>Ultimately Port Authority police released Yon; according to Yon, the police were “completely professional” (emphasis added).

When I lived on the northern border of New York State in 1991-1994 I was body searched by the US customs officials and questioned several times in depth by the Canadians. At the time, I drove a bright blue Ford Probe, a somewhat sporty but inexpensive car (I liked it but Ford discontinued the model). Apparently, my scruffy appearance coupled with the car made me a target for search.

The imposition on my freedom was distasteful. I believe that the primary motive for the ongoing questioning was concern with drug trafficking, although terrorism may have been a secondary motive in the early 1990s. I believe in drug legalization, but that is irrelevant to the question of border searches.

I learned not to smart talk the customs officials and to answer their questions politely. One afternoon the US officers searched my car in considerable detail and I was physically searched. No one likes to be compelled like this, and there was a risk that a zealous customs officer might have planted evidence.

That said, the matter of terrorism is important. It is unfortunate that the techniques of investigating terrorism are not sophisticated enough to eliminate searches of someone like Yon who has done nothing wrong. Moreover, if it is possible to minimize terrorist threats while reducing searches of the Yon variety, I am for it.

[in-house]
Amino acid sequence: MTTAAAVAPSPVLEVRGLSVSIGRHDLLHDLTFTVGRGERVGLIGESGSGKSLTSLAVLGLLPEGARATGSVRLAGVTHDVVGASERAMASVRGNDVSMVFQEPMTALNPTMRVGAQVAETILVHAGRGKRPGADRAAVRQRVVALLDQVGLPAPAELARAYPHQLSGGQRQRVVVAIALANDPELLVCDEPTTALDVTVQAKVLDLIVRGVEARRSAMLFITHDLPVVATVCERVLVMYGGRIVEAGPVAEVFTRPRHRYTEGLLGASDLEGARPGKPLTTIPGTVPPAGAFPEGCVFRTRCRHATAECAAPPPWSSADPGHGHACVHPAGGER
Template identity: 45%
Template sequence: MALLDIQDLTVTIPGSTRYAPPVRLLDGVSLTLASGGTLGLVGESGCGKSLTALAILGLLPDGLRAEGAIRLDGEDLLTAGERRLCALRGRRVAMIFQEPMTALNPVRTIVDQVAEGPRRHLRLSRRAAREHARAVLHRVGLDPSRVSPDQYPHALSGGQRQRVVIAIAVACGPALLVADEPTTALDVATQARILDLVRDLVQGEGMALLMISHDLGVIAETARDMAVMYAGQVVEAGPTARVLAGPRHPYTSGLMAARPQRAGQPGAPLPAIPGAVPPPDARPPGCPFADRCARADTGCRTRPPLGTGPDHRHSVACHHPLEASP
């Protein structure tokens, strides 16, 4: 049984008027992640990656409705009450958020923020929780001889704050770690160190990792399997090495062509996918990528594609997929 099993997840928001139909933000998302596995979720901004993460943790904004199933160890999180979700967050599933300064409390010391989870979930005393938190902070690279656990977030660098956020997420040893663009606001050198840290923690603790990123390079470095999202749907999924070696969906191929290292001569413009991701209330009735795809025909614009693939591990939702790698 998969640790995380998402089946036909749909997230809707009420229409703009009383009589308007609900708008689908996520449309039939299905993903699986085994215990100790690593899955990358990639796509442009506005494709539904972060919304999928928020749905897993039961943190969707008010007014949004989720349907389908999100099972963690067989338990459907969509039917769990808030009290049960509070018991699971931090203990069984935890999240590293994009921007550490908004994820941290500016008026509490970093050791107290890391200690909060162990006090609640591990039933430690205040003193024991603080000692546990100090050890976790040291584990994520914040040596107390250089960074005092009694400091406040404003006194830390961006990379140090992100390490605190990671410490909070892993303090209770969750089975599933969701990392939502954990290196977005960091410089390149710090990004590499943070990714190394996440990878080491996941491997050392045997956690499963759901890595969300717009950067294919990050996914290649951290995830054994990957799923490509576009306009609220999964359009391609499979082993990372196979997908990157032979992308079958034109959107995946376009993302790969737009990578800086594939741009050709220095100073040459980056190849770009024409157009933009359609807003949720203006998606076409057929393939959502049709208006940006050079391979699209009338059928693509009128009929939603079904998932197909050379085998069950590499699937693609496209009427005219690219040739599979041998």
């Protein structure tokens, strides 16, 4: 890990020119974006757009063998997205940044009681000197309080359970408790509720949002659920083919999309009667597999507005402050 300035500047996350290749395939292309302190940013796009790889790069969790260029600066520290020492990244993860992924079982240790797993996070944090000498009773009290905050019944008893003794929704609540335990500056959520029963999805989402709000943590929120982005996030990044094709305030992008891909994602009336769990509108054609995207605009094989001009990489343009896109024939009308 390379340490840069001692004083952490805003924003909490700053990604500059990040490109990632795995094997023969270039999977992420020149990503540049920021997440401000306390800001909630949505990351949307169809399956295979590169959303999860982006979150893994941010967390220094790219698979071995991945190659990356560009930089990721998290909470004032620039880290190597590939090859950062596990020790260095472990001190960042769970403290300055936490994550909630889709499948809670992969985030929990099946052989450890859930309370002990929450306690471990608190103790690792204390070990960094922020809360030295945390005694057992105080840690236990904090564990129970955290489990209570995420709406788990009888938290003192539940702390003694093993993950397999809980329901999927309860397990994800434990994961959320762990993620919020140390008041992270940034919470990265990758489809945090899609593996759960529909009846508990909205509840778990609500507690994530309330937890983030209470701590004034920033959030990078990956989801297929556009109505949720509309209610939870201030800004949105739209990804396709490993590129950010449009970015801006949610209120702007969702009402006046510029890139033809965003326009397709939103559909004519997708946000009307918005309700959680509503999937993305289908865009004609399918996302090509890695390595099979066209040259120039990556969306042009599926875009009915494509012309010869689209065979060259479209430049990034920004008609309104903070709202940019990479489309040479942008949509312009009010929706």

I do not think that open borders would be wise at this time because of the terrorist threat. Instead, I do believe that more sophisticated profiling would be most beneficial. Likely, with more accurate profiling Yon would not have been questioned in detail.

Unfortunately, the left and many civil liberties advocates have opposed profiling. The thousands of people left dead by terrorists suffered the ultimate incursion on their civil liberties, but strangely, civil libertarians have rarely questioned how terrorist murder, a far more extreme incursion on civil liberties than anything that has been done by a customs officer, might be eliminated. Instead, objections have been raised at attempts to minimize more anti-libertarian murder by substituting less anti-libertarian tactics like profiling. Both are anti-libertarian, but murder more so than being questioned. Defense is a necessary evil.